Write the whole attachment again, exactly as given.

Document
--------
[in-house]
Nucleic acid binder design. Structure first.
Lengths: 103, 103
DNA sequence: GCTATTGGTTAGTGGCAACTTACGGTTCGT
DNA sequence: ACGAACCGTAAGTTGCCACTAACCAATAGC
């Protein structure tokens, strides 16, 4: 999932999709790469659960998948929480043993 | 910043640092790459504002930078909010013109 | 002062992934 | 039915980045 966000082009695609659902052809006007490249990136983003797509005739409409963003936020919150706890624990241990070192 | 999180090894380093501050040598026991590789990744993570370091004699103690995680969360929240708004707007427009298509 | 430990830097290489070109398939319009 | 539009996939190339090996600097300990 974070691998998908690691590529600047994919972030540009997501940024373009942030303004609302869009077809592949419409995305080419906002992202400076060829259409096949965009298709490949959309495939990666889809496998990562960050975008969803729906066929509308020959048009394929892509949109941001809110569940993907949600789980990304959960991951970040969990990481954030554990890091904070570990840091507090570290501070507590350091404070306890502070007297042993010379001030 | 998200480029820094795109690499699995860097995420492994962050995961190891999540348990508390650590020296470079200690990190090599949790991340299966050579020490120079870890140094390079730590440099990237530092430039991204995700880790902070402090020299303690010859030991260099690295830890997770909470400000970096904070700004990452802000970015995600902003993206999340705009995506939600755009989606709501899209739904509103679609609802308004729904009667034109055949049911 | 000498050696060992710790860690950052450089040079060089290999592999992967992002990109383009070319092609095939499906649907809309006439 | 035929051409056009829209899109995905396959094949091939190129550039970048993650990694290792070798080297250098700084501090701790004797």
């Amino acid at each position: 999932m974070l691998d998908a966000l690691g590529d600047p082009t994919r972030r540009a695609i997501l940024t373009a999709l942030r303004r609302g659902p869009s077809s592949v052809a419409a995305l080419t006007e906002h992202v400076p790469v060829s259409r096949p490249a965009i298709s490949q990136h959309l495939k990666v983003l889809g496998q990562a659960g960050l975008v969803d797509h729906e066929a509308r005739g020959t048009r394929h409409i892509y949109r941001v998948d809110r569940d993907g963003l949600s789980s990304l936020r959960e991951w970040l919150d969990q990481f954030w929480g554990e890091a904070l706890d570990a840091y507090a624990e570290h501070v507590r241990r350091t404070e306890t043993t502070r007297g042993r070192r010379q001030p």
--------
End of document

[in-house]
Nucleic acid binder design. Structure first.
Lengths: 103, 103
DNA sequence: GCTATTGGTTAGTGGCAACTTACGGTTCGT
DNA sequence: ACGAACCGTAAGTTGCCACTAACCAATAGC
């Protein structure tokens, strides 16, 4: 999932999709790469659960998948929480043993 | 910043640092790459504002930078909010013109 | 002062992934 | 039915980045 966000082009695609659902052809006007490249990136983003797509005739409409963003936020919150706890624990241990070192 | 999180090894380093501050040598026991590789990744993570370091004699103690995680969360929240708004707007427009298509 | 430990830097290489070109398939319009 | 539009996939190339090996600097300990 974070691998998908690691590529600047994919972030540009997501940024373009942030303004609302869009077809592949419409995305080419906002992202400076060829259409096949965009298709490949959309495939990666889809496998990562960050975008969803729906066929509308020959048009394929892509949109941001809110569940993907949600789980990304959960991951970040969990990481954030554990890091904070570990840091507090570290501070507590350091404070306890502070007297042993010379001030 | 998200480029820094795109690499699995860097995420492994962050995961190891999540348990508390650590020296470079200690990190090599949790991340299966050579020490120079870890140094390079730590440099990237530092430039991204995700880790902070402090020299303690010859030991260099690295830890997770909470400000970096904070700004990452802000970015995600902003993206999340705009995506939600755009989606709501899209739904509103679609609802308004729904009667034109055949049911 | 000498050696060992710790860690950052450089040079060089290999592999992967992002990109383009070319092609095939499906649907809309006439 | 035929051409056009829209899109995905396959094949091939190129550039970048993650990694290792070798080297250098700084501090701790004797």
């Amino acid at each position: 999932m974070l691998d998908a966000l690691g590529d600047p082009t994919r972030r540009a695609i997501l940024t373009a999709l942030r303004r609302g659902p869009s077809s592949v052809a419409a995305l080419t006007e906002h992202v400076p790469v060829s259409r096949p490249a965009i298709s490949q990136h959309l495939k990666v983003l889809g496998q990562a659960g960050l975008v969803d797509h729906e066929a509308r005739g020959t048009r394929h409409i892509y949109r941001v998948d809110r569940d993907g963003l949600s789980s990304l936020r959960e991951w970040l919150d969990q990481f954030w929480g554990e890091a904070l706890d570990a840091y507090a624990e570290h501070v507590r241990r350091t404070e306890t043993t502070r007297g042993r070192r010379q001030p």